Arthritis sufferer 'skips meals' to heat her home as soaring bills leave her with just £15 a week

  • Deborah McDermott told ITV Wales Cost of Living Correspondent Carole Green that some days she cannot afford even one meal

A woman left with just £15 a week after paying her bills said some days she will go without eating even one meal because of the staggering cost of living.

Deborah McDermott receives Employment and Support Allowance (ESA) - a type of benefit - but said it is no longer enough to cover the rising costs of everything from fuel to food.

Ms McDermott has been using a food bank in Rhyl to help her make ends meet, as new figures show people turning to food banks is becoming increasingly common.

Data from the Trussell Trust reveals that between April and September this year, 23,000 people in Wales used a food bank for the very first time. That is more than double the number of new users compared to the same timeframe last year.

The charity said the need is currently so great it is outstripping donations, an issue it has never faced before.

The Trussell Trust has launched an emergency appeal for donations as it struggles to meet demand.

Ms McDermott said she uses the food bank in Rhyl, as well as a mobile phone app to find discounted produce, and tends to make "simple meals".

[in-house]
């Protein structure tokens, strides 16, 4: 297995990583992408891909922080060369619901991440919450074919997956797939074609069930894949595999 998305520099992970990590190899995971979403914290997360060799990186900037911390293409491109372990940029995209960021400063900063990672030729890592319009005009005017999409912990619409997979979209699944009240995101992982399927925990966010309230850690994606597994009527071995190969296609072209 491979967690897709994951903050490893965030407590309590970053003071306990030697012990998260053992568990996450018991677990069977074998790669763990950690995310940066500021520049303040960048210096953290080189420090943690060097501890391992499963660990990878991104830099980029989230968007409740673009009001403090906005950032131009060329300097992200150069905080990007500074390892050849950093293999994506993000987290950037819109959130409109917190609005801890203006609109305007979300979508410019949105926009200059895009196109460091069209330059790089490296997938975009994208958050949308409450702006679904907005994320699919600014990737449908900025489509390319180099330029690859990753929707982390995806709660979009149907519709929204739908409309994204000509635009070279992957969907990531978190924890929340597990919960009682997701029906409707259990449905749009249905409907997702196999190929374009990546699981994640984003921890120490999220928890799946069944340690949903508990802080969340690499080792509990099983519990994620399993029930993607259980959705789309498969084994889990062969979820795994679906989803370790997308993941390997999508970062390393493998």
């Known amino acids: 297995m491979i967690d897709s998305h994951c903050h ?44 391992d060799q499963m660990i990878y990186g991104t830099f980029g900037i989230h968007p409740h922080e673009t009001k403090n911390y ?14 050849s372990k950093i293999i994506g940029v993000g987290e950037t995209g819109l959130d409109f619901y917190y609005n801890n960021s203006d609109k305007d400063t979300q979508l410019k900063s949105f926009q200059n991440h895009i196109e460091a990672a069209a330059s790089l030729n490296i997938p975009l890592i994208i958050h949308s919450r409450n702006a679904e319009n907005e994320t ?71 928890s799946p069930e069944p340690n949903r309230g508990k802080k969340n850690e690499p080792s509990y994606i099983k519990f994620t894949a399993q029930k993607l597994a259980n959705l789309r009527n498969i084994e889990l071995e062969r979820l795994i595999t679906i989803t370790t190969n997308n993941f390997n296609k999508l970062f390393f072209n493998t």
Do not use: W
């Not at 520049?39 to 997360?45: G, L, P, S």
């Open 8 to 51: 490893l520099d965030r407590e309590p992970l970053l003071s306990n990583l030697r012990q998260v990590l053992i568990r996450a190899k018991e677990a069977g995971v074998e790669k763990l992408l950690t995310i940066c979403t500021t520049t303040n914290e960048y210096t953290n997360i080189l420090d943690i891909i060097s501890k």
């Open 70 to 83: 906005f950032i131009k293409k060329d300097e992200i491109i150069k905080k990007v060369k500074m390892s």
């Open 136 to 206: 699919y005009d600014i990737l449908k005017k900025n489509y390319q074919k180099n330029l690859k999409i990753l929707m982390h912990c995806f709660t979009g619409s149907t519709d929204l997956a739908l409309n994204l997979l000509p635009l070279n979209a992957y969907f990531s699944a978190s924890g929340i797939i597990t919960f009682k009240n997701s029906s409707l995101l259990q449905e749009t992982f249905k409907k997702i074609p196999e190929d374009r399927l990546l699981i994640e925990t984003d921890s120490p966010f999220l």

"I can't afford to buy food in the shops because it's just gone up too much for me to be able to afford," she explained.

Once she has paid for gas, electric, water and other regular bills, Ms McDermott said she is left with £30 a fortnight to cover food and any other costs.

She said: "I go and buy reduced food later in the day or I've downloaded an app on my phone which is called Good To Go which means I can get meals for a few days.

"But sometimes I don't even have one meal a day because of the heating and electric. It's important that I have heating when I need it because I suffer from arthritis and the cold weather doesn't help."

Ms McDermott said if she does not qualify for the Warm Home Discount Scheme this year - which sees certain people eligible for a £150 discount on their winter energy bill - she will not be turning the heating on over the colder months.

She wants to see benefits uprated in line with inflation, when the Chancellor gives his Autumn Statement on 17 November.

Ms McDermott wants to see more help for those on benefits and working households, who she said are all struggling.

"[Benefits] should go up with inflation at the proper amount," she said.

"Wages should go up for the working person as well, they've got it tough just as much as anybody else.

"I think everyone should get help - working people especially because they're the ones who keep the country going for us."

She added: "I understand that the rich have earned their money and they're entitled to that but I think they should pay more tax to help the poorer side, because I don't think it's much more to them really."

The food bank in Rhyl also provides a FareShare service, where people can access free food without needing a referral.

New figures from the Trussell Trust show nearly 77,000 food parcels, more than ever before, were provided to people across Wales between April and September this year.

Almost 28,000 of these were provided for children.